Inside room 101, in the building of the Ministry of Love, O’brien converses with a medic before they begin their treatment, or thought-correction one ought to say, to Winston Smith who is found guilty of thoughtcrime.
O’Brien: What’s two plus two?
O’Brien increases the dial to 40 and a sudden pain shoots into Winston’s vertebrae. He jumps into pain and screams but is held back by the straps which hold his limbs down.
Winston: Stop it.. Please.. It’s four! How can it not be four?!
O’brien: It can be! It can be three or sometimes five. It’s whatever Big Brother wants you to believe in. It’s what you’ll believe in for the rest of your life once you walk out of this room. You better understand that quick. You don’t want me to increase the dial up, do you? So, again, two plus two makes?
Winston: *staring right into O’brien’s eyes* Four!
O’brien repeats the process, now at 55 dial-level. A sheer pain goes up winston’s spine.
Winston: Please stop it!! You could make me utter it wrong, but you can never … never make it true!
O’brien: You’re the most robust person I’ve ever treated, intellectually though. But not the smartest! You have a line of thought deviating you from what is called the reality and you seize to believe in it.
*O’brien gestures his left hand with only his thumb concealed. And then signals towards the increasing dial. *
O’brien: How many fingers do you see, now?
Winston: Four! Ouch… Five.. Four! Four!!! Make it stop for god’s sake!
O’brien: Wrong! There’s no god! And you will only see four as long as you can withstand the pain! You can make it easier on yourself ! Again! How many fingers up?
The dial must have hit ninety by now but the thought criminal hasn’t been persuaded. Winston goes blank and all he can feel is a numb sensation around his face.
He opens his eyes and can only see blurry visuals of O’brien and his hand held in front of him.
Winston murmurs “Fou..Four..” O’brien turns off the dial and starts it back untill the dial hit it’s peak. And then finally stops it.
*Winston gains back his senses, partially but enough for making a conversation. To his surprise, he sees five fingers held up. Without any deformation.*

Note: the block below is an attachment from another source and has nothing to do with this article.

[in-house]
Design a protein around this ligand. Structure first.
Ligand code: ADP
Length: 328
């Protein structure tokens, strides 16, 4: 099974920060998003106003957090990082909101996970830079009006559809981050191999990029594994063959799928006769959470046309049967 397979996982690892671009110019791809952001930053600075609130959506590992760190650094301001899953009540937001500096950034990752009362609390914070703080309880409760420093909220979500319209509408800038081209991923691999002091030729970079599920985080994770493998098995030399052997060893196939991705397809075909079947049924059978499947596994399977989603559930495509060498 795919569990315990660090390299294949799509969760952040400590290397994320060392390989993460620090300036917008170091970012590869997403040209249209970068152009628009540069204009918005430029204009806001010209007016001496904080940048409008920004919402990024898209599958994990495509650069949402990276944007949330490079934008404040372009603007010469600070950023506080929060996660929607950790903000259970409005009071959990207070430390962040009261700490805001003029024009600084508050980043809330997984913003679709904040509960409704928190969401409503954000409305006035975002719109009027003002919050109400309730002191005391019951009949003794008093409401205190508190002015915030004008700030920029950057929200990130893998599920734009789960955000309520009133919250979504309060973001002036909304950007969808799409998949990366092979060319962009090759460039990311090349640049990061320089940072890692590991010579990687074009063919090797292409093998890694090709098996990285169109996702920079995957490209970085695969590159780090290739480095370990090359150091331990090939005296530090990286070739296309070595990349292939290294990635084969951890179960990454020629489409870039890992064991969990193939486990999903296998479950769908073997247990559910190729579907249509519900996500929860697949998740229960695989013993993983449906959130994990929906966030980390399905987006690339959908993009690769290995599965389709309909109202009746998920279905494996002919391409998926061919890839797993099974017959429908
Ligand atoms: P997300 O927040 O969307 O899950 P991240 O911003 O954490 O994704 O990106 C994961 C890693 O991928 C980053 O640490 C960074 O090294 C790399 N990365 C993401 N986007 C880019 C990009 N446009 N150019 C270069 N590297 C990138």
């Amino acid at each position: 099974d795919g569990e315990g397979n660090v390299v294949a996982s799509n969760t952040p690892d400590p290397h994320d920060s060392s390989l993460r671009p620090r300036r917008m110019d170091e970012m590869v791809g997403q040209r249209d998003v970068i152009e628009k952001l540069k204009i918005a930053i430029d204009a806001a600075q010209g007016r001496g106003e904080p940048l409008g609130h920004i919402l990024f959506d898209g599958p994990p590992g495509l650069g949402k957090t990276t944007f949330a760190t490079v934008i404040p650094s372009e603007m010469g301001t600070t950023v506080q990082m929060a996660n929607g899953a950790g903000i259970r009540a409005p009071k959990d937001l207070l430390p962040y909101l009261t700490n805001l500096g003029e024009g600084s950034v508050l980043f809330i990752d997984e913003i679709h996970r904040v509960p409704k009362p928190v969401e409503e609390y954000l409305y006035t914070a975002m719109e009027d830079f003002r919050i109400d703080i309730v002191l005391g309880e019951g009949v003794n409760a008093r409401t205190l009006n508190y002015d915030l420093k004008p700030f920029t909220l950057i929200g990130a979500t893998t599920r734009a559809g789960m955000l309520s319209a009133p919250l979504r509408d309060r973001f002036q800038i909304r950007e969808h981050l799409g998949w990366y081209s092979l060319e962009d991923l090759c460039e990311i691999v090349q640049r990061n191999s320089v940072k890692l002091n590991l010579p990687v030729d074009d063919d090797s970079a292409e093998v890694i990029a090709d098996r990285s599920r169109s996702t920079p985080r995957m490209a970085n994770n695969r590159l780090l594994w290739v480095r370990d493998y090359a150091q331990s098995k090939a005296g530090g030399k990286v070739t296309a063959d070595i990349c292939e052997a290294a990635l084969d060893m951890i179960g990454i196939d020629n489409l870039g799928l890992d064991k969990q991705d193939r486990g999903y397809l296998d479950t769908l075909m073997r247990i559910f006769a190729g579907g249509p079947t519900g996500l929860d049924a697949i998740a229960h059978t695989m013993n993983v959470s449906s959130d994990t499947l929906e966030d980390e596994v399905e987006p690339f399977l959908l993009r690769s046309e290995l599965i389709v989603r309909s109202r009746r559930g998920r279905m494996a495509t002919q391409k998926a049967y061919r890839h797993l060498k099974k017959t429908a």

O’brien: Better. Now you’re ready! * with a short pause*
Medic, start the procedure …
Winston was finally convinced of what he saw. Neither were his eyes deceiving him nor did O’brien show all five fingers. It’s the eventuality of his suffering and the only escape for Winston from that life taking pain was to believe in it, accept it or simply, be convinced by it. It’s how mind works when all doors are shut. It’s not logical, but it’s effective. Such is the nature of persuasion in it’s most offensive state of imposition. It’s strategy against conviction, the seed of indigenous resilience. The battle between internal and external, because welcoming a foreign idea is against the inertia of mind. History tells us, whenever there was an oppression of free mind, there always came a day of rebellion. When free minds are “rectified” to meet the needs of the imposer, there exists no rebellion but unity driven by ignorance and mental slavery. And if this is conducted on a scale big enough by a power mighty enough by destroying all materialistic evidences which may question the authoritarian, the past is what the powerful want to tell and isn’t necessarily factual. And that would be the most tragic state of affairs if not for the success of an oligarchic government and it’s effectiveness.
The ideology isn’t about the question O’brien was posing to Winston, which would make it silly if it were just about arithmetic. The underlying reason of changing Winston’s conviction is much more subtler. His belief in truth was undeterred and the commotion it might create in public if unchecked was a cause of concern. O’briens’ job wasn’t just to persuade him, but also to make him forget that some foreign germ of an idea had been implanted in his mind. If that deed was done, the evidence, whatsoever, is forever lost. This is the kind of fear, the extreme possibility of terror, the author of the novel, 1984, George Orwell awakens his readers to as we delve in a world where :
“War is Peace.
Ignorance is Strength.
Freedom is Slavery.”
Book : 1984 , George Orwell